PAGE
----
A deadly game

In my ponderings around combat systems, I have realised something that somehow escaped my notice previously. Virtually every combat system I know of is designed with just one thing in mind: implacable foes beating seven shades of hell out of each other with the intention of killing their opponent.

Most systems give some consideration to unarmed combat, and usually to grappling too. Knocking an opponent out is covered perhaps 50% of the time, and is often accomplished by simply beating the target character with your fists until they run out of hit points and collapse. These options are usually significantly harder to achieve than a kill, which creates an incentive to resort to lethal force.

Capturing an opponent is usually not considered at all (beyond the grappling system), nor is the possibility that an opponent will decide discretion is the better part of valour and try to surrender or run away. Systems often include a mechanism for a character to exit melee, but that isn’t quite the same thing – and again, it’s often much harder to escape combat than it is to carry on fighting. Surrender and flight are generally left to the GM to decide on, with no guidance given and no mechanic for helping to decide when an opponent might decide to flee. All this alongside systems which are often ludicrously detailed about wounds and death.

Why does all this matter? Well, the result of this bias towards lethality is that most fighting in roleplaying games is, well, lethal. Yet the most interesting stories we read, and many (not all) of the movies we watch involve trying to capture rather than kill the main villain, and a satisfying outcome often involves an antagonist being surrounded, pinned down by gunfire and forced to surrender, rather than taken down in a hail of bullets. This leaves open more possibilities, too: interrogation, escape, recurring villains (you can’t have a recurring villain if the villain is killed at the end of every story). I’ve lost count of the number of times that key clues have been lost in games I’ve run because the players shot the clue-bearer. Games have become so deadly that some of my GMs have been forced to resort to giving every villain a teleportation ring or similar so that they can live to fight another day!

I want to see more systems that include express consideration of, for example, how to handcuff the villain. That include mechanics for (or at least consideration of) morale, and grappling mechanics that don’t cause my brain to explode. I want games where killing is the last resort rather than the normal modus operandi.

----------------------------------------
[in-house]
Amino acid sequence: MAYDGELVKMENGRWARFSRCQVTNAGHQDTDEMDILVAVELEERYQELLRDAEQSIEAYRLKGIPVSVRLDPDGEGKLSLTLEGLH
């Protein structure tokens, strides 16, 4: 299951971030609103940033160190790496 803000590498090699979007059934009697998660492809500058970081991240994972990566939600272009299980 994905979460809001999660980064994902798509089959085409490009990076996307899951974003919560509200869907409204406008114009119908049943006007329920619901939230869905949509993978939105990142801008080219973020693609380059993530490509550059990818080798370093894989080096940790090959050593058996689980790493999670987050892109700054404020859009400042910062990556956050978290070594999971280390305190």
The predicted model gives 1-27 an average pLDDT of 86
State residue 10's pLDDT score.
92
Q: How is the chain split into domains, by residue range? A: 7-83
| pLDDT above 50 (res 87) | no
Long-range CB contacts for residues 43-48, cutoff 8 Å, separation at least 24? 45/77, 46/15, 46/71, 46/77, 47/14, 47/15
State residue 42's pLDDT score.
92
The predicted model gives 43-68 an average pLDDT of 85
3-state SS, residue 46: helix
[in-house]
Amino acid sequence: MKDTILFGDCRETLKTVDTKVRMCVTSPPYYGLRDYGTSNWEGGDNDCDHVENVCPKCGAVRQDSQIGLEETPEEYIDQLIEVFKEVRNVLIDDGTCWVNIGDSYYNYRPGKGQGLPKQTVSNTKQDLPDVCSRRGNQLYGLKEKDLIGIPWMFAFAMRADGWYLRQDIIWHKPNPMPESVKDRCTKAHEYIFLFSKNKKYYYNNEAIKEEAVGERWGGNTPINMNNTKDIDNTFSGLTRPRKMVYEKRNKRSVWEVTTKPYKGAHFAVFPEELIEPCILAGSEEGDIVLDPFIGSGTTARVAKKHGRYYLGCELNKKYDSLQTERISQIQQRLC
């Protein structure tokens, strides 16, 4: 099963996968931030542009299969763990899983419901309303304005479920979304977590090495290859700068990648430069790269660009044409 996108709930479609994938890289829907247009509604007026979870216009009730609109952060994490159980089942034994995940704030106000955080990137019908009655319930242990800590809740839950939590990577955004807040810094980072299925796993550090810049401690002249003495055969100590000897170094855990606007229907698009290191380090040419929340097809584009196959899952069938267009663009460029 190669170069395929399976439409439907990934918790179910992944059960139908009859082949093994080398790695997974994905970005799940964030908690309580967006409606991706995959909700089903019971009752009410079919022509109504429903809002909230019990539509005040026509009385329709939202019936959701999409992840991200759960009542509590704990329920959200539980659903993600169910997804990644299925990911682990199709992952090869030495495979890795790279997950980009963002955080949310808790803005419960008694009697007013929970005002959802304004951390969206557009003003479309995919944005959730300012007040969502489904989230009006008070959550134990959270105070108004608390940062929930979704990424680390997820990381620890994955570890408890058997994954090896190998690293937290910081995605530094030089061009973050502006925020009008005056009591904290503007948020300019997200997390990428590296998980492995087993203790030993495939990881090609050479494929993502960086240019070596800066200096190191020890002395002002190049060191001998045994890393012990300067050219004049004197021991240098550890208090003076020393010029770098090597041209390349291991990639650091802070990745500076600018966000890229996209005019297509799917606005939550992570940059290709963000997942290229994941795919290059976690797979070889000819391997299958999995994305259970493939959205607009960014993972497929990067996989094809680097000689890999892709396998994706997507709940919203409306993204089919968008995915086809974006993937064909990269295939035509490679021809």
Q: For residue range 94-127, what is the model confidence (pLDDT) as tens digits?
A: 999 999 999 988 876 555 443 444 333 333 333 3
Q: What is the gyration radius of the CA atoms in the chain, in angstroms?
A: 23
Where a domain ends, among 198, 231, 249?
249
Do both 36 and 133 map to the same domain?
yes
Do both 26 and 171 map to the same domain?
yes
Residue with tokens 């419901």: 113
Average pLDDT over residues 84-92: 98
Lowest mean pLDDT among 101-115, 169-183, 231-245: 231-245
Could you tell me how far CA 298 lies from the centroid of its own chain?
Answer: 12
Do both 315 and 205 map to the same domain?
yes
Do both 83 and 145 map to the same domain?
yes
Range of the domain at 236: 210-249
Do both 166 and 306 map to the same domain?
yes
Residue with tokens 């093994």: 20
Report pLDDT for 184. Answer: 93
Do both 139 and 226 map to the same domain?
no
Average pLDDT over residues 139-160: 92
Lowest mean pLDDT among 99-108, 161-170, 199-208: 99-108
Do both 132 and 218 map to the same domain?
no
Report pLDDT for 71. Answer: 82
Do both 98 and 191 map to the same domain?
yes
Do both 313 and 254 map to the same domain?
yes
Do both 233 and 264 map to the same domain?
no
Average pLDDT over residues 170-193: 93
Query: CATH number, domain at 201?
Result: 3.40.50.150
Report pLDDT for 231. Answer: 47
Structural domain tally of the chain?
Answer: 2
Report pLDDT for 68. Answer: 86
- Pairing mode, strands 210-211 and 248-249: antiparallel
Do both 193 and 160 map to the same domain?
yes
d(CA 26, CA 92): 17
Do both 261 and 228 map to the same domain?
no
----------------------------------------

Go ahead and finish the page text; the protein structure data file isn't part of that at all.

Josh Fox

Rabalias grew up wanting to be a pirate. But a band of evil bureaucrats kidnapped him and forced him to work for The Man. Even so, Rabalias was patient and cunning. He escaped by gnawing his way through the walls of his prison and concealing the hole behind a picture of cthulhu. He fled to the coast, and stowed away on the Black Armada, where he worked his way up to the rank of Admiral.

7 thoughts to “A deadly game”

  1. The lack of grapple / incapacitate / surrender is a very good point. And especially where you have players who are pretty gung ho about getting into the killing but you as the ref want them to slow down a bit. You know from ref’ing me that I tend to shoot first and then try to ask questions later.

    I think there is a tendancy to hurl oneself into combat until everything around you is dead because so often you get into combats where that happens and I suppose that, as a player, you figure that if someone is being threatening, it’s better to go over the top and take out the threat than wait and see if it surrenders. Cthulhu, I’m looking at you. And i’m also remember a recent Warhammer session which resulted in a lot of corpses and no answers, again because I think we perceived a greater threat than was fair.

    I’d like to think that grappling / incapacitating is a viable alternative but it doesn’t happen so often. Perhaps I’ll try to be more pacifistic in the future but even thinking about that makes me fear for the safety of my characters.

    (I know that when I play fighter characters I tend to go straight to lethal, do not pass go, do not collect £200, and I am also aware that this is something I need to learn a little restraint in)

    1. Thanks for the comment, Jo. I definitely think there’s a bit of player behaviour in the mix here – we’re all used to playing it lethal, and we stick to what we know. But I think there’s more than a bit of system in it too. Thinking through the game systems I’ve used, virtually all of them make it harder to do a non-lethal attack than to do a lethal one; and that means that unless you’ve got some special reason to go non-lethal, you’re getting the guns out and blowing the fuckers away. Game designers can definitely improve on this, even if all they did was remove the standard penalty for striking to stun or whatever.